Monday, March 19, 2007

Books on View Cards

Welcome to Moody's Postcards, your source for vintage, collectible postcards! My name is Richard Moody and I started the company in 1986 and we have been accumulating "old" (otherwise known as "vintage collectible") postcards for twenty years. We specialize in United States view postcards but we also have thousands of antique foreign views, topical postcards and trade cards. Our goal is to exceed your expectations and provide a superior selection of the collectible postcard you are searching for.

Books on view cards in general just do not exist as far as I know however you can find some information in books such as James L Lowe's "Standard Postcard Catalog" that I mentioned in my last blog. In that book under "Sets and Series" you can find mention of Raphael Tuck series on St. Augustine Florida, St. Louis Missouri etc. Also, the "Detroit Publishing Company Collector's Guide" by Lowe and Papell which was done in the 1970s and Nancy Stechschulte's 1994 book "The Detroit Publishing Company Postcards" have extensive information about the postcards (estimated to exceed 17,000) produced by the company, many of which were view cards. You can also find information in books such as "Baseball Stadium Postcards" by Tom Crabtree, "Nevada Post Card Album" by Robert Greenwood, and the large number of books published by Arcadia Publishing in "The Postcard History Series". The Arcadia books are done by individual postcard collectors who share their collection and knowledge of specific towns or areas. There may very well be an Arcadia book that will cover the area you are interested in so check out their website at Arcadia Publishing and the price is less than $20.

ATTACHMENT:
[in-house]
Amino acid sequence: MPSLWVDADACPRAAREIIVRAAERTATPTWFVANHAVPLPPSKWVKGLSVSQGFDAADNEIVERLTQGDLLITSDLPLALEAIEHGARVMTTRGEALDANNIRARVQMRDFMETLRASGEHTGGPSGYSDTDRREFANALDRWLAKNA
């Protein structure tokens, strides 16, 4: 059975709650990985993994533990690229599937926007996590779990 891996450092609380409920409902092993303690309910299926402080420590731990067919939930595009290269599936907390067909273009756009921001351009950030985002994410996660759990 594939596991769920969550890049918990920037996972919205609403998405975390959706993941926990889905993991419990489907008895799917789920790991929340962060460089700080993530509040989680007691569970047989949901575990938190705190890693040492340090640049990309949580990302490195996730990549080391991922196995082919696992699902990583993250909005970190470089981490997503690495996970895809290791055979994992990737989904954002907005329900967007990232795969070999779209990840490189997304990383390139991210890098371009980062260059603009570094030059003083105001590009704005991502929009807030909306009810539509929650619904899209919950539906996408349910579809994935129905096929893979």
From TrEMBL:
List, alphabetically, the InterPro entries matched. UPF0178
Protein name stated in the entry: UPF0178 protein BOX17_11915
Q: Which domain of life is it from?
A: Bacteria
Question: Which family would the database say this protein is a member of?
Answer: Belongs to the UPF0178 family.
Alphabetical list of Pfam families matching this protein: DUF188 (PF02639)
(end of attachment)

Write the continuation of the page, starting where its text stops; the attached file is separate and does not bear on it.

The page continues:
When shopping for postcards on you favorite town, remember that content is king and availability and condition are close behind. The first card below shows a nice view of the Galesburg Illinois Burlington Railroad Depot but has the big plus of the California Zephyr in the station.

The second card shows the interior of the French Market in New Orleans. While exterior views are common, this scarce interior view with tables built around the columns with ornate mirrors on the columns and stools for the patrons increases the value of this card substantially.